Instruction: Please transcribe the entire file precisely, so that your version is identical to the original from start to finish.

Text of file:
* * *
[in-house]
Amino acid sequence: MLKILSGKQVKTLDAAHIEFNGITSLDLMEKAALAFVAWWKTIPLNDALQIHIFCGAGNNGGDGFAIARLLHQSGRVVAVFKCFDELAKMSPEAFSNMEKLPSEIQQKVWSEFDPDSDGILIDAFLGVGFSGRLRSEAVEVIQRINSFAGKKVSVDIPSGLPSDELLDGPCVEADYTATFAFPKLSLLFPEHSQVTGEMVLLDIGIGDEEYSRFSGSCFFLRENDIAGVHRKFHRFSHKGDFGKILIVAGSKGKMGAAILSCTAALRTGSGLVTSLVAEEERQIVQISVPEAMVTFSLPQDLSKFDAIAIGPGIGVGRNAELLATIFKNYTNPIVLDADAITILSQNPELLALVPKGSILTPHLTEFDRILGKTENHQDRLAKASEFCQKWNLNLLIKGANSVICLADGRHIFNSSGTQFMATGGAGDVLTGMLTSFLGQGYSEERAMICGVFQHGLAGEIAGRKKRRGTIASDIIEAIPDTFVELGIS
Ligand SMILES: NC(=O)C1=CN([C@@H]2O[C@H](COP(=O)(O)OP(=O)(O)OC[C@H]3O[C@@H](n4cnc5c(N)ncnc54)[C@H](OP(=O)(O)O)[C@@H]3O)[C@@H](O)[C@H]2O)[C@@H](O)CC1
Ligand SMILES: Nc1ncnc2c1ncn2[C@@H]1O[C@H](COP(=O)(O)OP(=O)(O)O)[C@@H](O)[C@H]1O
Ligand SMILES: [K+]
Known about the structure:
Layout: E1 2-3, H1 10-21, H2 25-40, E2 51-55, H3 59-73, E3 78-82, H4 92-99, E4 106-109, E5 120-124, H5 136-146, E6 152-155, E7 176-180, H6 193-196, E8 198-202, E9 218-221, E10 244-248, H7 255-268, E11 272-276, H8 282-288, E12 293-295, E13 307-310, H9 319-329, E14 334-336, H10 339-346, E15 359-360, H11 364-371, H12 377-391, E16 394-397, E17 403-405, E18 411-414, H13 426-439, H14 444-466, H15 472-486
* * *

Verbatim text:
[in-house]
Amino acid sequence: MLKILSGKQVKTLDAAHIEFNGITSLDLMEKAALAFVAWWKTIPLNDALQIHIFCGAGNNGGDGFAIARLLHQSGRVVAVFKCFDELAKMSPEAFSNMEKLPSEIQQKVWSEFDPDSDGILIDAFLGVGFSGRLRSEAVEVIQRINSFAGKKVSVDIPSGLPSDELLDGPCVEADYTATFAFPKLSLLFPEHSQVTGEMVLLDIGIGDEEYSRFSGSCFFLRENDIAGVHRKFHRFSHKGDFGKILIVAGSKGKMGAAILSCTAALRTGSGLVTSLVAEEERQIVQISVPEAMVTFSLPQDLSKFDAIAIGPGIGVGRNAELLATIFKNYTNPIVLDADAITILSQNPELLALVPKGSILTPHLTEFDRILGKTENHQDRLAKASEFCQKWNLNLLIKGANSVICLADGRHIFNSSGTQFMATGGAGDVLTGMLTSFLGQGYSEERAMICGVFQHGLAGEIAGRKKRRGTIASDIIEAIPDTFVELGIS
Ligand SMILES: NC(=O)C1=CN([C@@H]2O[C@H](COP(=O)(O)OP(=O)(O)OC[C@H]3O[C@@H](n4cnc5c(N)ncnc54)[C@H](OP(=O)(O)O)[C@@H]3O)[C@@H](O)[C@H]2O)[C@@H](O)CC1
Ligand SMILES: Nc1ncnc2c1ncn2[C@@H]1O[C@H](COP(=O)(O)OP(=O)(O)O)[C@@H](O)[C@H]1O
Ligand SMILES: [K+]
Known about the structure:
Layout: E1 2-3, H1 10-21, H2 25-40, E2 51-55, H3 59-73, E3 78-82, H4 92-99, E4 106-109, E5 120-124, H5 136-146, E6 152-155, E7 176-180, H6 193-196, E8 198-202, E9 218-221, E10 244-248, H7 255-268, E11 272-276, H8 282-288, E12 293-295, E13 307-310, H9 319-329, E14 334-336, H10 339-346, E15 359-360, H11 364-371, H12 377-391, E16 394-397, E17 403-405, E18 411-414, H13 426-439, H14 444-466, H15 472-486